Long waits at Wigan's A&E department as fewer than half of patients seen in four hours

Thousands of patients are waiting for hours to be seen at Wigan Infirmary’s A&E department, as staff treat fewer than half of people in the target time.
Watch more of our videos on Shots! 
and live on Freeview channel 276
Visit Shots! now

NHS England data has revealed long delays faced by patients seeking care at the unit, as well as other hospitals nationwide.

The NHS is under pressure as it deals with the backlog caused by the pandemic, but demand during the traditionally busy winter months now seems to be compounding the problem.

Read More
Dad struggling with his mental health died hours after asking hospital staff for...
Wigan InfirmaryWigan Infirmary
Wigan Infirmary
Hide Ad
Hide Ad

At Wigan’s A&E , just 46 per cent of patients were seen within the target time of four hours in November – down from 48.4 per cent in October and from 55.3 per cent in November last year. This was the worst performance since at least 2015.

Leigh Walk-In Centre saw 98.7 per cent of patients in that time, which pushed the overall performance for Wrightington, Wigan and Leigh Teaching Hospitals NHS Foundation Trust (WWL) up to 64.8 per cent.

The operational standard is that at least 95 per cent of patients attending A&E should be admitted, transferred or discharged within four hours.

A total of 68.9 per cent of patients in England were seen within four hours in A&Es last month, down from 69.3 per cent in October and the worst performance on record.

Hide Ad
Hide Ad

There were 12,529 people seeking care at the borough’s casualty departments last month – 8,062 at A&E and 4,467 at the walk-in centre – which was down from 12,625 in October.

There were 2,588 emergency admissions, which was just above the 2,563 the previous month.

But once the decision to admit was made, 1,336 patients had to wait for more than four hours for a bed and 199 waited for more than 12 hours. However, this was fewer than the 1,372 people waiting for four hours and 221 for 12 hours in October.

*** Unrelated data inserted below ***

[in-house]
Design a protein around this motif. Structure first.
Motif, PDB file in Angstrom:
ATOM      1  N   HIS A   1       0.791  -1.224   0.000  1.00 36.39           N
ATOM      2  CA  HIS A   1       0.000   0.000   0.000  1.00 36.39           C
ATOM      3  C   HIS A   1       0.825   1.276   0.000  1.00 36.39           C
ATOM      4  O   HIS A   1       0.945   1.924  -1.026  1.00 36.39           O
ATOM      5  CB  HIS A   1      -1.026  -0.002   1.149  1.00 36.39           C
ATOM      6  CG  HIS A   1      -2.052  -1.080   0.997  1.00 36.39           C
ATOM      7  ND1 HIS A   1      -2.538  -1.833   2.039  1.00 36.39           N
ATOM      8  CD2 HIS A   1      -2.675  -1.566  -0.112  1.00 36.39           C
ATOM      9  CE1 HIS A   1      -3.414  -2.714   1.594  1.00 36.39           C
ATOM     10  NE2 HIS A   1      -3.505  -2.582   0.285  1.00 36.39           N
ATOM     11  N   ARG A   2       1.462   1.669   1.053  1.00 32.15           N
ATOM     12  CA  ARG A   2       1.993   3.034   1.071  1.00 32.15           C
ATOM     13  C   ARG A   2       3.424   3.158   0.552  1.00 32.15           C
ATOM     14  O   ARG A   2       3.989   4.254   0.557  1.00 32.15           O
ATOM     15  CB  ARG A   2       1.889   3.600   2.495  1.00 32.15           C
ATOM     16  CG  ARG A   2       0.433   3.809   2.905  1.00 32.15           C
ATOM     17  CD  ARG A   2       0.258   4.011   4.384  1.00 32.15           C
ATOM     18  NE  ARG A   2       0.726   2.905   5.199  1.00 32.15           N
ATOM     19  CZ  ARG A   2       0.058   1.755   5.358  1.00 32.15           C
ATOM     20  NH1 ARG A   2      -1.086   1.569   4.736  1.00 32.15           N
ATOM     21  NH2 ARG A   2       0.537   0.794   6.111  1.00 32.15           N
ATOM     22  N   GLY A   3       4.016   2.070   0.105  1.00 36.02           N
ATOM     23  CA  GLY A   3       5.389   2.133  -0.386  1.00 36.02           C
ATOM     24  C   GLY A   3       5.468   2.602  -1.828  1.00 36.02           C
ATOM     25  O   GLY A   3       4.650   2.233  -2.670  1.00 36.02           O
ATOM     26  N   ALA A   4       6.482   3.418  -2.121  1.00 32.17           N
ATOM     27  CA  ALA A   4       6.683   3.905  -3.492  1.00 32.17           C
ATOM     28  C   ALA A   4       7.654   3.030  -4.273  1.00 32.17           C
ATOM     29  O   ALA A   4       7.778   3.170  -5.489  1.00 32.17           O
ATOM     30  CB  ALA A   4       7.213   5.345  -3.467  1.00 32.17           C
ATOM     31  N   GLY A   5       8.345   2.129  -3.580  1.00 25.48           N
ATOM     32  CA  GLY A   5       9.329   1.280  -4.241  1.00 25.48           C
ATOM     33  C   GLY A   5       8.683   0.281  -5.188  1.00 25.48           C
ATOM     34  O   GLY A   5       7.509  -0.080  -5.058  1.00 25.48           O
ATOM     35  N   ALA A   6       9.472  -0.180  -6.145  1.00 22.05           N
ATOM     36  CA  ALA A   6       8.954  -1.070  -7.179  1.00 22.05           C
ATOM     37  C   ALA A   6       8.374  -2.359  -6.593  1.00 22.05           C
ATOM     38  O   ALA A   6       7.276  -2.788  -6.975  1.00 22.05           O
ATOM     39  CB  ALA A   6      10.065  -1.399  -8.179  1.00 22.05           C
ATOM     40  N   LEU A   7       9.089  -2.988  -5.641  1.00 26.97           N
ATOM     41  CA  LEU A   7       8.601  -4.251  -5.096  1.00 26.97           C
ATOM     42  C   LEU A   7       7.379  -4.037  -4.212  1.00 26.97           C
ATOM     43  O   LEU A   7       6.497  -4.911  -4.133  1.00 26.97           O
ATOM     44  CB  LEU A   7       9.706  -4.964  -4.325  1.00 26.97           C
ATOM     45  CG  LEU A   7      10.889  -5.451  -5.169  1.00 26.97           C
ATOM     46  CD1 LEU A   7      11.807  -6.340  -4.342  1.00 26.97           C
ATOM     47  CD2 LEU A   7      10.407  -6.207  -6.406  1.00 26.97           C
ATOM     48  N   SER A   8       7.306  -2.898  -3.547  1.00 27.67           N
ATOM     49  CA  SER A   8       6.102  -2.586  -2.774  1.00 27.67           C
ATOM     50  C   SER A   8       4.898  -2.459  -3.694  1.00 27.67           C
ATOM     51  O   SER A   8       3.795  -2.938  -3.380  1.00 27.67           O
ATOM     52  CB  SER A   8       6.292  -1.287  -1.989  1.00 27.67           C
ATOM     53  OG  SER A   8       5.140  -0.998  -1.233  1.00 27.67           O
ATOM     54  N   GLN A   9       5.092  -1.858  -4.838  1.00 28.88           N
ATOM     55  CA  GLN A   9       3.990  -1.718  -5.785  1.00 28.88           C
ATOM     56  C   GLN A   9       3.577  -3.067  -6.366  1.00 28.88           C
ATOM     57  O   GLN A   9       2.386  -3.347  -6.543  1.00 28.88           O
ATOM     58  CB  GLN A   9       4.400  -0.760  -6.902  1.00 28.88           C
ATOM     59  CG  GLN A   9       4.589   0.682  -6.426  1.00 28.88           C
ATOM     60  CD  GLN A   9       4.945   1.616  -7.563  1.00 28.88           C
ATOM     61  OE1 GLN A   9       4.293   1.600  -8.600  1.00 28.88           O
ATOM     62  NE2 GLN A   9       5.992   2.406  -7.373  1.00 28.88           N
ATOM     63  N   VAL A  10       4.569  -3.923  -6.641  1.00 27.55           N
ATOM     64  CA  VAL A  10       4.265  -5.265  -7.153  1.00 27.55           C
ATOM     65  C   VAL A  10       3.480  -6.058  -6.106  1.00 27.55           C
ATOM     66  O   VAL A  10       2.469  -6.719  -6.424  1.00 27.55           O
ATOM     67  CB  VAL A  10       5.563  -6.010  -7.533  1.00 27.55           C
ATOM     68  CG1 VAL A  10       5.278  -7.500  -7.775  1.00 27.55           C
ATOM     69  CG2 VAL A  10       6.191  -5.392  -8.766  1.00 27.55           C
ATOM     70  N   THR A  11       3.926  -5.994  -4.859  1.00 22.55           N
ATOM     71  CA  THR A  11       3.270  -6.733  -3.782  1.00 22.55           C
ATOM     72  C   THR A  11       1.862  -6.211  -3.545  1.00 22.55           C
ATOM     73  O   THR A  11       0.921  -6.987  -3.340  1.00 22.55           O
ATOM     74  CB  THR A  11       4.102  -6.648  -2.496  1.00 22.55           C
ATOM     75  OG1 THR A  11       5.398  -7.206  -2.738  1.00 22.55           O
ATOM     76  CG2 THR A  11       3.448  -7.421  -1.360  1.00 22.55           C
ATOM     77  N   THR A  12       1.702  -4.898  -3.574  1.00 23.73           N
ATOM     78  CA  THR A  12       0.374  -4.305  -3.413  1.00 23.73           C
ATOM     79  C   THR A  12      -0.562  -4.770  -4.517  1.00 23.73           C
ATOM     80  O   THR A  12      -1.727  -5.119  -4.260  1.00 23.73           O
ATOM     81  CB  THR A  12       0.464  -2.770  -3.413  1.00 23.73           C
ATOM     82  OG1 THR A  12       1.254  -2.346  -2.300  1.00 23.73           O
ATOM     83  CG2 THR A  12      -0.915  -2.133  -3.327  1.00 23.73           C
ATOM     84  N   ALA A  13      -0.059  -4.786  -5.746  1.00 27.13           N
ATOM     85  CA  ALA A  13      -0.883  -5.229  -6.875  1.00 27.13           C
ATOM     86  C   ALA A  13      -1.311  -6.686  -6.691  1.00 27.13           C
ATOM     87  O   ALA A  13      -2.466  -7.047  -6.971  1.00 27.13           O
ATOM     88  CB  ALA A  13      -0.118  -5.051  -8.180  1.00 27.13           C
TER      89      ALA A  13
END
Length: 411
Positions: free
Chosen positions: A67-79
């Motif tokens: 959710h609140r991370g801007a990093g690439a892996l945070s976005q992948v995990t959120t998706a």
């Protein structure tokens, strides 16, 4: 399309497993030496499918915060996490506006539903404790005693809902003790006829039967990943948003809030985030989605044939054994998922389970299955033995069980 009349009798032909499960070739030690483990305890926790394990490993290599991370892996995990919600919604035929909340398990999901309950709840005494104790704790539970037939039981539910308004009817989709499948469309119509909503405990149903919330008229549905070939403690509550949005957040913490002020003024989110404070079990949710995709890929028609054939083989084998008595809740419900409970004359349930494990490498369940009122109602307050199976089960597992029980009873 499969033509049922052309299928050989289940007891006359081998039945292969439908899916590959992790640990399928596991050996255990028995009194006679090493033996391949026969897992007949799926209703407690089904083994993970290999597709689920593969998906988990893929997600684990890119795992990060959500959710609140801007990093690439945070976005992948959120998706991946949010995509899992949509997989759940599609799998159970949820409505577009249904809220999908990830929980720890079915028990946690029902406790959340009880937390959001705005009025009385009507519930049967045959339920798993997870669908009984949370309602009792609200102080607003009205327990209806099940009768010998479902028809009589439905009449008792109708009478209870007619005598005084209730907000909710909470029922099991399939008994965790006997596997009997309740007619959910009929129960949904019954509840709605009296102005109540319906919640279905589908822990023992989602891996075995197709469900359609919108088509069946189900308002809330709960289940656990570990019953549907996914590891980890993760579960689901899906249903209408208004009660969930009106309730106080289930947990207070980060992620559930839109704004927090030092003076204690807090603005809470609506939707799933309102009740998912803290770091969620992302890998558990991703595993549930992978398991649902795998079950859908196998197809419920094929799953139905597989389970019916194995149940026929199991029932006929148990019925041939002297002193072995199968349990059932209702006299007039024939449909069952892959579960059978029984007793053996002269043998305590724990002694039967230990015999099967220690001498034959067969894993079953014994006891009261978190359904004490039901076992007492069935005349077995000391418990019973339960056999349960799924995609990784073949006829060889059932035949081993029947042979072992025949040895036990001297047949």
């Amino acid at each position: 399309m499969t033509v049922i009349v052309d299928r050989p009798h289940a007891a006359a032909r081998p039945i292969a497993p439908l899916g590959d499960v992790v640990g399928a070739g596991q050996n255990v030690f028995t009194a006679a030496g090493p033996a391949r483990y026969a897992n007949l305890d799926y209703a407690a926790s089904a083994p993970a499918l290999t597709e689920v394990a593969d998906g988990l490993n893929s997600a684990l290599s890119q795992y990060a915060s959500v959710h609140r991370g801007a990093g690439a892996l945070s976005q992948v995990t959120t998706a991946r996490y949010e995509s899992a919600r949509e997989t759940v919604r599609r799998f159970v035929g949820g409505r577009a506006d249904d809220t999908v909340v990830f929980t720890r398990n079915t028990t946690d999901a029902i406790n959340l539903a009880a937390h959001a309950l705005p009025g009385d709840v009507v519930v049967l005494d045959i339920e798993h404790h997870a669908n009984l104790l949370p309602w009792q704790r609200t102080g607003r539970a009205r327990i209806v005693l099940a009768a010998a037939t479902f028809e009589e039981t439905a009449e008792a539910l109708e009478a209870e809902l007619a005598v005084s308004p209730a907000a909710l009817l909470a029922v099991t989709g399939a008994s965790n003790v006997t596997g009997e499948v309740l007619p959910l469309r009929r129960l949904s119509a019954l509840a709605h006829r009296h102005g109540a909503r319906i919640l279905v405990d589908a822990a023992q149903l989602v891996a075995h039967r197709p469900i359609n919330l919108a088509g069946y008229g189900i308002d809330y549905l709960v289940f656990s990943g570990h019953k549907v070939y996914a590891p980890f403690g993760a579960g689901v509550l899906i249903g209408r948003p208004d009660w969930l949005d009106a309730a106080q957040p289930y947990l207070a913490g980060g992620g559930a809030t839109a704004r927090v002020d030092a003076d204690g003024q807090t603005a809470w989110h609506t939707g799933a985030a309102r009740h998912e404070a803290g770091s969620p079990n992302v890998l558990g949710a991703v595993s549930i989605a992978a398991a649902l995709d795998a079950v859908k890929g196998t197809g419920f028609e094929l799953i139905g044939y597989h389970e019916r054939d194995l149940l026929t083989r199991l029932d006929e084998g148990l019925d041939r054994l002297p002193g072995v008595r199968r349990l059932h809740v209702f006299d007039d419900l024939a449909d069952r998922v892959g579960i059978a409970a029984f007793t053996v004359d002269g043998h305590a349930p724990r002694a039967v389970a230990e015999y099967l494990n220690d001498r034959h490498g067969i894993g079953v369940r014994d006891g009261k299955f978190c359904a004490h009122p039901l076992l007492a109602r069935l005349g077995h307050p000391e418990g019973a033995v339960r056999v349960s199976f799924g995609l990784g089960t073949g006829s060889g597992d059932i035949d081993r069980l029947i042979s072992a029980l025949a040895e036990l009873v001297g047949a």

Nationally, the data shows 37,837 people waited longer than 12 hours in November, down 14 per cent from the record 43,792 in October but still the second-highest monthly total in data going back to August 2010.

Hide Ad
Hide Ad

The number waiting at least four hours for a bed dropped from a record 150,922 in October to 143,949 in November, again the second-highest on record.

WWL’s chief executive Silas Nicholls said: “This is absolutely not the position we want to be in for our patients or our staff and we are profoundly grateful of the efforts of our staff for consistently going above and beyond the call of duty to ensure our patients receive the highest standards of care possible throughout this difficult time.

"Essential services are available, and we would always encourage people who require urgent medical help to come forward as soon as possible, but it is also our responsibility to make sure people know where to go.”

He urged people to consider alternatives to A&E if their condition is not limb or life-threatening, such as NHS 111, their GP, a pharmacy or urgent treatment centre.

Hide Ad
Hide Ad

Mr Nicholls said the trust was working with partners to look at increasing capacity, and the same-day emergency care unit’s opening hours and capacity had already been expanded.

There was also a “strong focus” on safely discharging patients, so people can recover at home and beds are available for others.